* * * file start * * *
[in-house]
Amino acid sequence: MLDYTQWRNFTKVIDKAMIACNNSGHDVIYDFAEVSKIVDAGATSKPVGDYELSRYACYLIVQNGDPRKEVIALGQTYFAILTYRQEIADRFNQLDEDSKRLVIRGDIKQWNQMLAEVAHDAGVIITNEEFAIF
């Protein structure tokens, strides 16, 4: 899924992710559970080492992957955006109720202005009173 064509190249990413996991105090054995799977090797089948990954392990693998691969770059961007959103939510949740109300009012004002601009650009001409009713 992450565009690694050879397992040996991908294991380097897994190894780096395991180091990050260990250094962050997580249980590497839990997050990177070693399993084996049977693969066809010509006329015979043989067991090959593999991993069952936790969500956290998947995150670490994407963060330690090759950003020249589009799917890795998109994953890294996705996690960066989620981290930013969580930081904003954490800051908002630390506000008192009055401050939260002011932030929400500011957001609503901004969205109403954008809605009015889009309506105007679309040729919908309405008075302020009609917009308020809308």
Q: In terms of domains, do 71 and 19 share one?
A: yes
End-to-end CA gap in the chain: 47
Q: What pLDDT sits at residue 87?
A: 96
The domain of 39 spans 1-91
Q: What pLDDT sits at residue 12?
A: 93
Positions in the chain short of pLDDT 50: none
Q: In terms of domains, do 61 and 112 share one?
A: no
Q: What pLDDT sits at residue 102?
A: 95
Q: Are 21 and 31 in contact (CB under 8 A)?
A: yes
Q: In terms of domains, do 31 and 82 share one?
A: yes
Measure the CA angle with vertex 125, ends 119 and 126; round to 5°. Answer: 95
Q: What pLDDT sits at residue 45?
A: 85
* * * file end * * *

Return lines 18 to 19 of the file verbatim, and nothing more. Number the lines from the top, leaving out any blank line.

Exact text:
A: yes
Q: In terms of domains, do 31 and 82 share one?